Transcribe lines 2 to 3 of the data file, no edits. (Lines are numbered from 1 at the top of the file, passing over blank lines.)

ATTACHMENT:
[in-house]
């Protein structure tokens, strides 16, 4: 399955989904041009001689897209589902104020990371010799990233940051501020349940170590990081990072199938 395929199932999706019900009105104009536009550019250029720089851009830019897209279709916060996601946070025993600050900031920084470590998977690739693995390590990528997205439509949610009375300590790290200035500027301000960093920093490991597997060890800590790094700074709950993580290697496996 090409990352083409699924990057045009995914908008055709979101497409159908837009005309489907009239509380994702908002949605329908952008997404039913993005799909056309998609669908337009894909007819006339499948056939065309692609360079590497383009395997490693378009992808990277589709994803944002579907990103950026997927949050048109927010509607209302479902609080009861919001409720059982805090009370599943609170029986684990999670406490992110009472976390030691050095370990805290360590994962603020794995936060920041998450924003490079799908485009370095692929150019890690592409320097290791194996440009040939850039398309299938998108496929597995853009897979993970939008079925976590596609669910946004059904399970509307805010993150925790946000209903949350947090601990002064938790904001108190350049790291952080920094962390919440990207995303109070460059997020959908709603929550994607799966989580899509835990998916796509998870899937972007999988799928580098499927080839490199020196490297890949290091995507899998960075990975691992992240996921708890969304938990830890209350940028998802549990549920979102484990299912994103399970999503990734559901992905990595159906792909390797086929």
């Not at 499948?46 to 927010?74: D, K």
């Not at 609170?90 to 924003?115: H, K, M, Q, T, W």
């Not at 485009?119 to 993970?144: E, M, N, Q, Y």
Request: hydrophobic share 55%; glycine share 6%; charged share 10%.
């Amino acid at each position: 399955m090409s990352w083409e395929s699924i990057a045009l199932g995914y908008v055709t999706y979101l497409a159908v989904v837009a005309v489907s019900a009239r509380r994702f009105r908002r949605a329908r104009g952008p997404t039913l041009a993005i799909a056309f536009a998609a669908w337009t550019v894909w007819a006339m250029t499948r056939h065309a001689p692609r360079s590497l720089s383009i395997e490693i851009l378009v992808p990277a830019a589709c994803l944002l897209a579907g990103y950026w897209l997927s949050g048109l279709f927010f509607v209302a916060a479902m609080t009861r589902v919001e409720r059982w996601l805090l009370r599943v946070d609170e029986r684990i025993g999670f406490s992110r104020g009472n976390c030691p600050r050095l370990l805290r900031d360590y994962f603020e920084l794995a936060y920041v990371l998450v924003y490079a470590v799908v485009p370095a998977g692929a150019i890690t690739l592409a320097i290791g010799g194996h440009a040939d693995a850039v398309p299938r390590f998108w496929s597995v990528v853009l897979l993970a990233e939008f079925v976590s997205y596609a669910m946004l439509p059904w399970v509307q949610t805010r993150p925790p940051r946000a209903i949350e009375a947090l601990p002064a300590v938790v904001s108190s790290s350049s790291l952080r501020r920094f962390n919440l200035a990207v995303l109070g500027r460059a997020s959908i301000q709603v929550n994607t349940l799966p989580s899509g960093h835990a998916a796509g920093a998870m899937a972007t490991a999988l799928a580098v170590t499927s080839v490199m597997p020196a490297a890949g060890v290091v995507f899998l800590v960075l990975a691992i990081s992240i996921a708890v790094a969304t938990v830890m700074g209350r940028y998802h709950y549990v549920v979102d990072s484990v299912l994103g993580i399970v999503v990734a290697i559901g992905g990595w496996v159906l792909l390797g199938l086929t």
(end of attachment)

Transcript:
């Protein structure tokens, strides 16, 4: 399955989904041009001689897209589902104020990371010799990233940051501020349940170590990081990072199938 395929199932999706019900009105104009536009550019250029720089851009830019897209279709916060996601946070025993600050900031920084470590998977690739693995390590990528997205439509949610009375300590790290200035500027301000960093920093490991597997060890800590790094700074709950993580290697496996 090409990352083409699924990057045009995914908008055709979101497409159908837009005309489907009239509380994702908002949605329908952008997404039913993005799909056309998609669908337009894909007819006339499948056939065309692609360079590497383009395997490693378009992808990277589709994803944002579907990103950026997927949050048109927010509607209302479902609080009861919001409720059982805090009370599943609170029986684990999670406490992110009472976390030691050095370990805290360590994962603020794995936060920041998450924003490079799908485009370095692929150019890690592409320097290791194996440009040939850039398309299938998108496929597995853009897979993970939008079925976590596609669910946004059904399970509307805010993150925790946000209903949350947090601990002064938790904001108190350049790291952080920094962390919440990207995303109070460059997020959908709603929550994607799966989580899509835990998916796509998870899937972007999988799928580098499927080839490199020196490297890949290091995507899998960075990975691992992240996921708890969304938990830890209350940028998802549990549920979102484990299912994103399970999503990734559901992905990595159906792909390797086929």
């Not at 499948?46 to 927010?74: D, K």